Would be like this:
Phil Fish? Never heard.
Minecraft? Oh yeah my nephew plays that.
Notch? Eeeeh is that a person ? (MAYBE one guy knows it has SOMETHING to do with minecraft)
PS4 and Xbone: Yeah I know them. Someone I know has one.
Twitch:  Oh yeah apparently there is this website where people watch video games all day and that was like bought for like billions by amazon.

I am like super invested in video games and how many developer names do I know? MAYBE 50.
Do I know who made freaking I dont know, Deus Ex? Nope. I guess someone who is kinda known, but I'm not sure.
Dark Souls ? f**king love that game - who made it ? eeeeeh Some japanese guy, well FROM SOFTWARE but not sure of the names

And again I like to stress, it is his own fault for talking to the media and showing his face and all of that. If you can't stand the heat, get out of the kitchen.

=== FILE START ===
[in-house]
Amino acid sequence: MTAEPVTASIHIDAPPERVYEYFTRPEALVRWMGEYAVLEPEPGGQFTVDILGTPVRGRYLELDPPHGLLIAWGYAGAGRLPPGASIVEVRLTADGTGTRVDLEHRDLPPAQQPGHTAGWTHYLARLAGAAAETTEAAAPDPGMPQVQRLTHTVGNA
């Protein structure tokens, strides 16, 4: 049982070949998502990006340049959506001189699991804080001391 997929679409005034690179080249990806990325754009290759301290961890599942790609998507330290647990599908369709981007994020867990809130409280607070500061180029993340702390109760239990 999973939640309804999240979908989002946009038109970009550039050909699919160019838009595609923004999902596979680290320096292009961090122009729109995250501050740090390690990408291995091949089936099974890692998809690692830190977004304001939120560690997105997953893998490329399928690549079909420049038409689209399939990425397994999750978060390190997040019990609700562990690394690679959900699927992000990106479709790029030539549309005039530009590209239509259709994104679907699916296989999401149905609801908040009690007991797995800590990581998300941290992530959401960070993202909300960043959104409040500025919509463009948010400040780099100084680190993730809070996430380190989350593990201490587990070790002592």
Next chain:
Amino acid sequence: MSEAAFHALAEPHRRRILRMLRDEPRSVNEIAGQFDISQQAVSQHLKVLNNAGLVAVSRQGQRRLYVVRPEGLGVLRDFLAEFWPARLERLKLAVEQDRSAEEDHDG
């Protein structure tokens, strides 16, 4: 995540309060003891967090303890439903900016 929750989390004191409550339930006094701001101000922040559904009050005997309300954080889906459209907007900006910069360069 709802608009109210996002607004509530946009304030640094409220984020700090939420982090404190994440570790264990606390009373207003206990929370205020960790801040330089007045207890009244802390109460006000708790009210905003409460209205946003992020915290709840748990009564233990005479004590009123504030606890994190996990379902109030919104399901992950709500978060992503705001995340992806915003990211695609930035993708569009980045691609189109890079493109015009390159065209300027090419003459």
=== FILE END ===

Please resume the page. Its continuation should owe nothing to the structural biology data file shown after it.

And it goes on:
I guess back then he didn't know and now its too late, but there you go. He never went off the grid during his time at mojang...

Offline Roquen

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« Reply #146 - Posted 2014-09-19 05:31:23 »

It's funny how nobody's mentioned he didn't have 100% control of the company.  He could have wanted to say no.  Even if he had controlling interesting, being nagged by other other shareholders would be a big emotional burden.

You could also look at selling to microsoft as dropping a turd on their lawn.  The have to beat the overall opportunity cost that comes with putting down 2.x billion.  Do the math...and don't forget the math has to be all 'net' gains.
Offline Riven
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« Reply #147 - Posted 2014-09-19 06:54:19 »

Quote
What if you *couldn't meet a single person in real life* who hasn't heard something negative about you?
Move to eastern Europe where no one expects you. I have already done this in anticipation.